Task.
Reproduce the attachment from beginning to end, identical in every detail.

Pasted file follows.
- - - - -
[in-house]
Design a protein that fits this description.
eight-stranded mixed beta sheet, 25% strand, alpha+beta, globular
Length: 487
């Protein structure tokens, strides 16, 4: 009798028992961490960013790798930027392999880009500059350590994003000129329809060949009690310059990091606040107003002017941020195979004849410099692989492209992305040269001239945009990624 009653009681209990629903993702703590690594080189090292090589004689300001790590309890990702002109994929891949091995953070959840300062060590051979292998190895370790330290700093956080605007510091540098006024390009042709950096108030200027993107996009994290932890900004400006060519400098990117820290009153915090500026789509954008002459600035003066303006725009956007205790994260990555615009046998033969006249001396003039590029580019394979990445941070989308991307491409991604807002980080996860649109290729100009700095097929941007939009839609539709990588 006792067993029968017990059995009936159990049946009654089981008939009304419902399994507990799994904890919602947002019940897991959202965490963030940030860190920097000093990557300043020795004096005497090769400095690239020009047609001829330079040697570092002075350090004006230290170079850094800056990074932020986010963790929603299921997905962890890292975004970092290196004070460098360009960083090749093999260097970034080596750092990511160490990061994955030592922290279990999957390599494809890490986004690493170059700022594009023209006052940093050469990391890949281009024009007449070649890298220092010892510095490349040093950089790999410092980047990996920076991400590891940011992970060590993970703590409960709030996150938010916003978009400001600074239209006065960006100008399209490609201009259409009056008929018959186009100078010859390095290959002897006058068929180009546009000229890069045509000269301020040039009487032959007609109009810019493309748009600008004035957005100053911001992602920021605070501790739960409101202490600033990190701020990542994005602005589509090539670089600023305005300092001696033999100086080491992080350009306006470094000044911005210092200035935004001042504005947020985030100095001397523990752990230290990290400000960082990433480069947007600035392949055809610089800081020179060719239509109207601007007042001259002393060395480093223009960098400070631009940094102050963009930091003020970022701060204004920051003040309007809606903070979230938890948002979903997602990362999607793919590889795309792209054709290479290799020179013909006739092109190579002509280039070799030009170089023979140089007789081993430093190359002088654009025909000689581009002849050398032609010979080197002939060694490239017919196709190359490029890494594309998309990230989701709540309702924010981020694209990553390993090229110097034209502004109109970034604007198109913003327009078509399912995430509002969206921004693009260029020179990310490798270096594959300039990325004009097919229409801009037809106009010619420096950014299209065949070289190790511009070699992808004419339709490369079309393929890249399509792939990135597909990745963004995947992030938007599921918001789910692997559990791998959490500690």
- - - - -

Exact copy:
[in-house]
Design a protein that fits this description.
eight-stranded mixed beta sheet, 25% strand, alpha+beta, globular
Length: 487
């Protein structure tokens, strides 16, 4: 009798028992961490960013790798930027392999880009500059350590994003000129329809060949009690310059990091606040107003002017941020195979004849410099692989492209992305040269001239945009990624 009653009681209990629903993702703590690594080189090292090589004689300001790590309890990702002109994929891949091995953070959840300062060590051979292998190895370790330290700093956080605007510091540098006024390009042709950096108030200027993107996009994290932890900004400006060519400098990117820290009153915090500026789509954008002459600035003066303006725009956007205790994260990555615009046998033969006249001396003039590029580019394979990445941070989308991307491409991604807002980080996860649109290729100009700095097929941007939009839609539709990588 006792067993029968017990059995009936159990049946009654089981008939009304419902399994507990799994904890919602947002019940897991959202965490963030940030860190920097000093990557300043020795004096005497090769400095690239020009047609001829330079040697570092002075350090004006230290170079850094800056990074932020986010963790929603299921997905962890890292975004970092290196004070460098360009960083090749093999260097970034080596750092990511160490990061994955030592922290279990999957390599494809890490986004690493170059700022594009023209006052940093050469990391890949281009024009007449070649890298220092010892510095490349040093950089790999410092980047990996920076991400590891940011992970060590993970703590409960709030996150938010916003978009400001600074239209006065960006100008399209490609201009259409009056008929018959186009100078010859390095290959002897006058068929180009546009000229890069045509000269301020040039009487032959007609109009810019493309748009600008004035957005100053911001992602920021605070501790739960409101202490600033990190701020990542994005602005589509090539670089600023305005300092001696033999100086080491992080350009306006470094000044911005210092200035935004001042504005947020985030100095001397523990752990230290990290400000960082990433480069947007600035392949055809610089800081020179060719239509109207601007007042001259002393060395480093223009960098400070631009940094102050963009930091003020970022701060204004920051003040309007809606903070979230938890948002979903997602990362999607793919590889795309792209054709290479290799020179013909006739092109190579002509280039070799030009170089023979140089007789081993430093190359002088654009025909000689581009002849050398032609010979080197002939060694490239017919196709190359490029890494594309998309990230989701709540309702924010981020694209990553390993090229110097034209502004109109970034604007198109913003327009078509399912995430509002969206921004693009260029020179990310490798270096594959300039990325004009097919229409801009037809106009010619420096950014299209065949070289190790511009070699992808004419339709490369079309393929890249399509792939990135597909990745963004995947992030938007599921918001789910692997559990791998959490500690």